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Let $f : X \to Y$ be a continuous map of complete topological vector spaces. Suppose that $A \subseteq X$ and $B \subseteq Y$ are proper, dense linear subspaces, and that the restriction map $f : A \to B$ is an isomorphism. Is the original map an isomorphism?

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closed as unclear what you're asking by Tom LaGatta, Yemon Choi, Daniel Moskovich, Todd Trimble, Qiaochu Yuan Jul 2 '13 at 7:48

Please clarify your specific problem or add additional details to highlight exactly what you need. As it's currently written, it’s hard to tell exactly what you're asking. See the How to Ask page for help clarifying this question.If this question can be reworded to fit the rules in the help center, please edit the question.

Let $f$ be the inclusion of a dense subspace and let $A = B = X$...? – Qiaochu Yuan Jul 2 '13 at 6:05
@QiaochuYuan, I am a bit slow and do not understand your comment... Could you elaborate a bit? – András Bátkai Jul 2 '13 at 6:26
@András: Suppose $Y$ is a topological vector space and $X$ a dense subspace of it. Let $f : X \to Y$ denote the inclusion. $f$ restricts to an isomorphism $f : A \to B$ where $A = B = X$, but $f$ is not itself an isomorphism if $X$ is not all of $Y$. But the question mark in my comment is because I assume Tom forgot a condition or something. – Qiaochu Yuan Jul 2 '13 at 6:27
@QiaochuYuan, thanks much for the obvious counterexample. You're right: I must be missing some condition. – Tom LaGatta Jul 2 '13 at 6:37
Voting to close since this question needs further thought before continuing – Yemon Choi Jul 2 '13 at 7:02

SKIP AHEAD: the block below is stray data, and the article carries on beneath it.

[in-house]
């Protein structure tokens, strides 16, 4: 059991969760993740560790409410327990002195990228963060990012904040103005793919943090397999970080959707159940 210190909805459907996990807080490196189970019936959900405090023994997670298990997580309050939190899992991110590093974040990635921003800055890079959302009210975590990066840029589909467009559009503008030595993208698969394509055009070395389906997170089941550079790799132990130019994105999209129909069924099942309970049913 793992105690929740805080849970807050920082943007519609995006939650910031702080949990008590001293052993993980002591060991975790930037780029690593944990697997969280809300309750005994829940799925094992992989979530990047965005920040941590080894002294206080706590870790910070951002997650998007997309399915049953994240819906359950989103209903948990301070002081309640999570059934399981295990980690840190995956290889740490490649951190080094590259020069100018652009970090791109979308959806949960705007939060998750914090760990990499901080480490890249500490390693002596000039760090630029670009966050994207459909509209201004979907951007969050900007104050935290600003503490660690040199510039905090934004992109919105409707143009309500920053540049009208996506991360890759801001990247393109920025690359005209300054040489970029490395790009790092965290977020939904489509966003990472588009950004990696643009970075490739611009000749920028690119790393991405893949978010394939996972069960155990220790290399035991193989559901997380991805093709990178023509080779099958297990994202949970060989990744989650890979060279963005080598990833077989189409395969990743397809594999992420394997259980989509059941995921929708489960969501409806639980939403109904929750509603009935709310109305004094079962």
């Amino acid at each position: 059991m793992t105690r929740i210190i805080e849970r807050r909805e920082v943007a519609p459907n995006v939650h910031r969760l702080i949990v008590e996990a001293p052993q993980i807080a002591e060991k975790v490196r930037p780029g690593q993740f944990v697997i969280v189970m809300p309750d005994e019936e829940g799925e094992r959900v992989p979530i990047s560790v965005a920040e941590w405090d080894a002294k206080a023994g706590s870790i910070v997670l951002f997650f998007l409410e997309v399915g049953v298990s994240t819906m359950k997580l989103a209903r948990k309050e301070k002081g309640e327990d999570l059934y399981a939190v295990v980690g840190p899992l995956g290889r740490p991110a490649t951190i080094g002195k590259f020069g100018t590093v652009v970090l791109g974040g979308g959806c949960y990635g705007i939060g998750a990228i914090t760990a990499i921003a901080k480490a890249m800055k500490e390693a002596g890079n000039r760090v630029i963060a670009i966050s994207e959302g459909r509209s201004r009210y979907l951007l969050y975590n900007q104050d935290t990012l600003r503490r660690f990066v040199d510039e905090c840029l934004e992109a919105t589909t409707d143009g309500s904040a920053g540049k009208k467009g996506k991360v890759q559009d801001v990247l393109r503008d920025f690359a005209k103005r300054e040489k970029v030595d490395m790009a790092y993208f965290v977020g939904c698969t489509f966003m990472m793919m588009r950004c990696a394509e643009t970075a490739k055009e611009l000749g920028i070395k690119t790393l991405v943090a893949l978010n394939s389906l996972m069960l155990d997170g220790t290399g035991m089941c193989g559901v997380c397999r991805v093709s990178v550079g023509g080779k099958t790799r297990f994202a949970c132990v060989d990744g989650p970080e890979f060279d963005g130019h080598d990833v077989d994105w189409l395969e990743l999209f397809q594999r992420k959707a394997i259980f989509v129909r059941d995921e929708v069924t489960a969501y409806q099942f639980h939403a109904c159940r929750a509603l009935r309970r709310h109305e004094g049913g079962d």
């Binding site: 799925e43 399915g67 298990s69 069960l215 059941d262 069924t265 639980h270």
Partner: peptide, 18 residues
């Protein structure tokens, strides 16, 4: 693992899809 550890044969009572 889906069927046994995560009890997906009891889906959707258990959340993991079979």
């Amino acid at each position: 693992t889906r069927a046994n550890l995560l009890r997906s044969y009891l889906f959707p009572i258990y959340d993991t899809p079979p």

up vote 4 down vote accepted

Robertson & Robertson: Topological Vector Spaces. Chapter VI (Completeness), Proposition 6 and Corollary 1.

If $E$ and $F$ are separated l.c. spaces, $t:E\to F$ continuous, linear, then there is a unique continuous linear extension $\hat t: \hat E \to \hat F$. Here $\hat E$ is the completition.

If further $t$ is an isimorphism onto $t(E)$, then $\hat t$ is an isomorphism of $\hat E$ onto $\hat t(\hat E)$.

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Please. This is too basic to belong here. – Todd Trimble Jul 2 '13 at 7:44
You mean $t$, not $f$. – The User Jul 2 '13 at 7:47
@ToddTrimble: Though this is indeed too basic for the expert, it does not belong to the standard mathematical curriculum, this is why I decided to answer. – András Bátkai Jul 2 '13 at 7:50
@AndrasBatkai: I suppose we can agree to disagree about what is "standard". – Todd Trimble Jul 2 '13 at 13:36
@TaQ: The question was about whether this trivial result has an extension to topological vector spaces. I cited the most general result I know in this context, the question is closed, I do not see the point of any further discussion here. – András Bátkai Jul 3 '13 at 8:06

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